Government ministers in the United Kingdom this morning identified 8 locations around the country that they say are suitable for the construction of new nuclear power stations by 2025.
The government had announced plans for 8 new nuclear stations last October, but did not at that time pinpoint where. Today’s announcement moves the country closer to an energy future in which nuclear will continue to play a strong role.
The UK is relying on nuclear as well as offshore wind and other technologies to help hit future carbon emission reduction targets.
By identifying the 8 sites – all on the location of existing nuclear power stations – the UK is moving in the opposite direction of Germany and Italy, which both recently abandoned nuclear in the wake of March's Fukushima nuclear disaster in Japan, caused by an earthquake and tsunami.
Two of the UK’s 8 sites, Hinkley Point and Oldbury, sit along the Bristol Channel and its Severn Estuary in Britain’s southwest, where the 49-foot tidal range is the second highest in the world, after Canada’s Bay of Fundy.
Tsunamis are not common in Britain. According to the Guardian, three have struck the UK over the last 10,00 years. But the last two, in 1607 and 1755, hit Britain’s southwest.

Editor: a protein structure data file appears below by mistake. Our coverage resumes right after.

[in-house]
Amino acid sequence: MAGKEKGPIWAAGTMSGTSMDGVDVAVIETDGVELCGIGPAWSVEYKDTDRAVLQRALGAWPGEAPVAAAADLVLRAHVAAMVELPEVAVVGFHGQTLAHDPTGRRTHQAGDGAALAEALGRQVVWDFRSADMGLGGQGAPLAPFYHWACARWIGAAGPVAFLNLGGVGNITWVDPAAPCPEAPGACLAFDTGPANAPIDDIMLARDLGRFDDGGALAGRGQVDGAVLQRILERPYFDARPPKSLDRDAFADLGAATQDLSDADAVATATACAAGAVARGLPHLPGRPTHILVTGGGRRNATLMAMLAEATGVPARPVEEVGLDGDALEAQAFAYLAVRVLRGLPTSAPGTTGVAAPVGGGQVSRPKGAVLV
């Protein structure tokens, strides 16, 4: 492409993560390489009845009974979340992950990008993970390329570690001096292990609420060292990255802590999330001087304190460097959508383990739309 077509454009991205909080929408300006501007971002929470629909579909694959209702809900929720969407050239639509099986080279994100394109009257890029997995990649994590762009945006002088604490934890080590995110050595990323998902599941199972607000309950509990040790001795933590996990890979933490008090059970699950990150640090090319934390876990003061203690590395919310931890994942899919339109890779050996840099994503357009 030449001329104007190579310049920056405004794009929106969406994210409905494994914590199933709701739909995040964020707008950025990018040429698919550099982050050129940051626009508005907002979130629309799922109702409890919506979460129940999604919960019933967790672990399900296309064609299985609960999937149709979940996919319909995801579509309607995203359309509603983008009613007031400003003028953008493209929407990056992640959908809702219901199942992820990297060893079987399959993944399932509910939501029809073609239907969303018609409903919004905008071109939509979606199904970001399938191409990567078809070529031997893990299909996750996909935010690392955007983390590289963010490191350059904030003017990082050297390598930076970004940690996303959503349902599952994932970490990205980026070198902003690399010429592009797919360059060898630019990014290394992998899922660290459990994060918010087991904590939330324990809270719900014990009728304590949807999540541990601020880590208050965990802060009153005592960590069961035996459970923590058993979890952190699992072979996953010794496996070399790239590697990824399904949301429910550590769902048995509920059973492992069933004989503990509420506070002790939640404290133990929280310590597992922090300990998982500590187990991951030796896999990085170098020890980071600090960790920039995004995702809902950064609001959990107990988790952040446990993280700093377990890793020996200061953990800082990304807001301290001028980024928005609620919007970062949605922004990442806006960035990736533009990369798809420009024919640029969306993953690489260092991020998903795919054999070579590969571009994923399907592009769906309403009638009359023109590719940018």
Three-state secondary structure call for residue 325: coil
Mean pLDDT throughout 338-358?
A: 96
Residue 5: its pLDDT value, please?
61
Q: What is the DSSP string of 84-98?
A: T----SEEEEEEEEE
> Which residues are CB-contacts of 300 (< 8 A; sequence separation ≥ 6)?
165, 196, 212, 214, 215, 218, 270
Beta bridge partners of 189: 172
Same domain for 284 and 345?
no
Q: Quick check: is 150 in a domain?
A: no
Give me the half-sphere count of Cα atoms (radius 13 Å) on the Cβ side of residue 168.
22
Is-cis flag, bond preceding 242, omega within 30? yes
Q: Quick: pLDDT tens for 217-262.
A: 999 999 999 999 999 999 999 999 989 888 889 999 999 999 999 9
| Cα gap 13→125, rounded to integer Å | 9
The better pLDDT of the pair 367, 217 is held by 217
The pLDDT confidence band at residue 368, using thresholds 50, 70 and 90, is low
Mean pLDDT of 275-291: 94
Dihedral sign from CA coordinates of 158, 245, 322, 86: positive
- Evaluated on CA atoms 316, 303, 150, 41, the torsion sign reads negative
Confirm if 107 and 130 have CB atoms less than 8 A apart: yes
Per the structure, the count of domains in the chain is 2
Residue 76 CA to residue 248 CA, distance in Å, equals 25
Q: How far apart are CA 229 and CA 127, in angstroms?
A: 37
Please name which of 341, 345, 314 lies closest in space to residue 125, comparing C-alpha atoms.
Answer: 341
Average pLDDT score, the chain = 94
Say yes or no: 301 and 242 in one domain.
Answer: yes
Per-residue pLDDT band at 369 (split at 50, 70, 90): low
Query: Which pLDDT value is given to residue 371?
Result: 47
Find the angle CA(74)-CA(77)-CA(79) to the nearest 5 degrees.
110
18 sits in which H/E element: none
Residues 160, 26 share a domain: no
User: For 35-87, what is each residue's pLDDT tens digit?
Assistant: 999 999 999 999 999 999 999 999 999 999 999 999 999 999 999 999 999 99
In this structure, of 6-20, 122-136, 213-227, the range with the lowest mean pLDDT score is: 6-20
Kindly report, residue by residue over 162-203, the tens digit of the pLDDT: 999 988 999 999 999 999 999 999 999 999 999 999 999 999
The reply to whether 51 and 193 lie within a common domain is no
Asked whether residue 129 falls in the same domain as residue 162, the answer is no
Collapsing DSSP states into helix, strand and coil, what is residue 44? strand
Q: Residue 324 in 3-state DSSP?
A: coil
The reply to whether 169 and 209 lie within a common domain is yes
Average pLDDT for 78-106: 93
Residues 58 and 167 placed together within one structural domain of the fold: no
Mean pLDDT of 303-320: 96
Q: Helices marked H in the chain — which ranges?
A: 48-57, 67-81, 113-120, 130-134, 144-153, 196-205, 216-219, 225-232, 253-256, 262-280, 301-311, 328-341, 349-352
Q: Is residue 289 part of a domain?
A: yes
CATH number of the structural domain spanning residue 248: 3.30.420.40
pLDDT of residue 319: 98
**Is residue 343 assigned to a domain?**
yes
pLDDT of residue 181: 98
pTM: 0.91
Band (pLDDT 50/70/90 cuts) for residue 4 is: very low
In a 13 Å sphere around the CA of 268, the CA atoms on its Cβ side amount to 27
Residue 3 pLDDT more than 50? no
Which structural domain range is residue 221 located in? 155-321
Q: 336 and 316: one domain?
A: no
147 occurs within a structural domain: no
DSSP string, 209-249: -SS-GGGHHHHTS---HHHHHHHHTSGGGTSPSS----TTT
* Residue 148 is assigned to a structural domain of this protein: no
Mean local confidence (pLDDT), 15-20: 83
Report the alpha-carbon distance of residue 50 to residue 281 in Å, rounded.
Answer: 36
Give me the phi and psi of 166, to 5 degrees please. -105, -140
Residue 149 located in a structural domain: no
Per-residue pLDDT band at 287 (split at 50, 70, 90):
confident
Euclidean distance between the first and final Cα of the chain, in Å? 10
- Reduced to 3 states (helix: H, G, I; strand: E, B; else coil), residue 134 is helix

Following Fukushima, the UK’s Energy and Climate Secretary Chris Huhne commissioned a safety review of Britain’s nuclear plans. Last month, the report issued an interim all-clear. It noted that a Fukushima-like series of events would be unlikely in Britain, and that the new British nuclear power stations would use safer designs than those in place at Fukushima.
Final approval for the eight plants is not fait accompli. As the BBC notes, "The plans will be debated and voted on in Parliament, but ministers are hopeful that, with a pro-nuclear majority in the Commons, they will win the argument."
For those of you up on British geography, the six sites in addition to Hinkley Point and Oldbury are: Bradwell, Essex; Heysham, Lancashire; Sellafield, Cumbria; Sizewell, Suffolk; Wylfa, Anglesey and Hartlepool, which resides ceremonially in the county of Durham but which is a unitary authority.
This post was originally published on Smartplanet.com